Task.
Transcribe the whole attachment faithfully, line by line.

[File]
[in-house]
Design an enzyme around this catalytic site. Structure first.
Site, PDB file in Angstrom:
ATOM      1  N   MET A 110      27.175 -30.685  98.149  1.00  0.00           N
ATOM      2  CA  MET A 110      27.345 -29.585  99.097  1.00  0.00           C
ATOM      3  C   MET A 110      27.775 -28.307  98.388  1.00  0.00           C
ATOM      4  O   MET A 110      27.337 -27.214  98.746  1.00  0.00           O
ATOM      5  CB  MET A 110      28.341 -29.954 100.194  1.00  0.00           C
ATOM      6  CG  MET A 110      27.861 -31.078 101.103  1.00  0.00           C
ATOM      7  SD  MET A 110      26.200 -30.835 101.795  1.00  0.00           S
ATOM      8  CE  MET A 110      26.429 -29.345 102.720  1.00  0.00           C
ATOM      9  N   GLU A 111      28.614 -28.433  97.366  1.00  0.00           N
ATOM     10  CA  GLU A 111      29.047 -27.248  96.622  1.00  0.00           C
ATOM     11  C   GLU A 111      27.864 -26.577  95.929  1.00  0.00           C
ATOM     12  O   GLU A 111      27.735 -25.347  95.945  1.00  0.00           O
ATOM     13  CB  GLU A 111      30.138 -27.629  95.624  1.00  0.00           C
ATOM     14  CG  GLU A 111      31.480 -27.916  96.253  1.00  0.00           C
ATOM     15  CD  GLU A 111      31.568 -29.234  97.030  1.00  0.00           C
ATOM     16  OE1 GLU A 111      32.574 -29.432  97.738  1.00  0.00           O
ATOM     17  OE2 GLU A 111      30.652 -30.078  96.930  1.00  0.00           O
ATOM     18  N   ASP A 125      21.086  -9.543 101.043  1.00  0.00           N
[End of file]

[in-house]
Design an enzyme around this catalytic site. Structure first.
Site, PDB file in Angstrom:
ATOM      1  N   MET A 110      27.175 -30.685  98.149  1.00  0.00           N
ATOM      2  CA  MET A 110      27.345 -29.585  99.097  1.00  0.00           C
ATOM      3  C   MET A 110      27.775 -28.307  98.388  1.00  0.00           C
ATOM      4  O   MET A 110      27.337 -27.214  98.746  1.00  0.00           O
ATOM      5  CB  MET A 110      28.341 -29.954 100.194  1.00  0.00           C
ATOM      6  CG  MET A 110      27.861 -31.078 101.103  1.00  0.00           C
ATOM      7  SD  MET A 110      26.200 -30.835 101.795  1.00  0.00           S
ATOM      8  CE  MET A 110      26.429 -29.345 102.720  1.00  0.00           C
ATOM      9  N   GLU A 111      28.614 -28.433  97.366  1.00  0.00           N
ATOM     10  CA  GLU A 111      29.047 -27.248  96.622  1.00  0.00           C
ATOM     11  C   GLU A 111      27.864 -26.577  95.929  1.00  0.00           C
ATOM     12  O   GLU A 111      27.735 -25.347  95.945  1.00  0.00           O
ATOM     13  CB  GLU A 111      30.138 -27.629  95.624  1.00  0.00           C
ATOM     14  CG  GLU A 111      31.480 -27.916  96.253  1.00  0.00           C
ATOM     15  CD  GLU A 111      31.568 -29.234  97.030  1.00  0.00           C
ATOM     16  OE1 GLU A 111      32.574 -29.432  97.738  1.00  0.00           O
ATOM     17  OE2 GLU A 111      30.652 -30.078  96.930  1.00  0.00           O
ATOM     18  N   ASP A 125      21.086  -9.543 101.043  1.00  0.00           N